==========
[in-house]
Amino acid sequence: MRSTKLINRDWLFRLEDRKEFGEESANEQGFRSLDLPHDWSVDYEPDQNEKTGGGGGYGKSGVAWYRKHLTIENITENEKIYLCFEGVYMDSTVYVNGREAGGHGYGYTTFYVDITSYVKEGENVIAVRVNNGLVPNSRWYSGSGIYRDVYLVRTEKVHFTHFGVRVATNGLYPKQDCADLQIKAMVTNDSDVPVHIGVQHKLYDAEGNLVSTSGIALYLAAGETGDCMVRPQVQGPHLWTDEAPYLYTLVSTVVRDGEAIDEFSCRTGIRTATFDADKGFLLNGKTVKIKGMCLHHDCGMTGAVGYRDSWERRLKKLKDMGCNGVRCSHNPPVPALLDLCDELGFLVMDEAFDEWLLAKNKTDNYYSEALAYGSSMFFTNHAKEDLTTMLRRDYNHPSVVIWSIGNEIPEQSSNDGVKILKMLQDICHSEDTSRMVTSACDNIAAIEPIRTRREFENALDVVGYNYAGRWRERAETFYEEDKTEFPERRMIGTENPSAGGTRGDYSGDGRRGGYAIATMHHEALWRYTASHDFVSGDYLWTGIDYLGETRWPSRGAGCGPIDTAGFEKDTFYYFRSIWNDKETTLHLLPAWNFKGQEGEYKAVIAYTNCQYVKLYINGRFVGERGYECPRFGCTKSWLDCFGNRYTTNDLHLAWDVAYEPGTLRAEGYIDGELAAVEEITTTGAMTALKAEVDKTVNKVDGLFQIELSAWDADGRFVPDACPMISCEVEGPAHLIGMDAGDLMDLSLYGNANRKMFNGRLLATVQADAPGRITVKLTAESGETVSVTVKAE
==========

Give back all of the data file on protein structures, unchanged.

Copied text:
[in-house]
Amino acid sequence: MRSTKLINRDWLFRLEDRKEFGEESANEQGFRSLDLPHDWSVDYEPDQNEKTGGGGGYGKSGVAWYRKHLTIENITENEKIYLCFEGVYMDSTVYVNGREAGGHGYGYTTFYVDITSYVKEGENVIAVRVNNGLVPNSRWYSGSGIYRDVYLVRTEKVHFTHFGVRVATNGLYPKQDCADLQIKAMVTNDSDVPVHIGVQHKLYDAEGNLVSTSGIALYLAAGETGDCMVRPQVQGPHLWTDEAPYLYTLVSTVVRDGEAIDEFSCRTGIRTATFDADKGFLLNGKTVKIKGMCLHHDCGMTGAVGYRDSWERRLKKLKDMGCNGVRCSHNPPVPALLDLCDELGFLVMDEAFDEWLLAKNKTDNYYSEALAYGSSMFFTNHAKEDLTTMLRRDYNHPSVVIWSIGNEIPEQSSNDGVKILKMLQDICHSEDTSRMVTSACDNIAAIEPIRTRREFENALDVVGYNYAGRWRERAETFYEEDKTEFPERRMIGTENPSAGGTRGDYSGDGRRGGYAIATMHHEALWRYTASHDFVSGDYLWTGIDYLGETRWPSRGAGCGPIDTAGFEKDTFYYFRSIWNDKETTLHLLPAWNFKGQEGEYKAVIAYTNCQYVKLYINGRFVGERGYECPRFGCTKSWLDCFGNRYTTNDLHLAWDVAYEPGTLRAEGYIDGELAAVEEITTTGAMTALKAEVDKTVNKVDGLFQIELSAWDADGRFVPDACPMISCEVEGPAHLIGMDAGDLMDLSLYGNANRKMFNGRLLATVQADAPGRITVKLTAESGETVSVTVKAE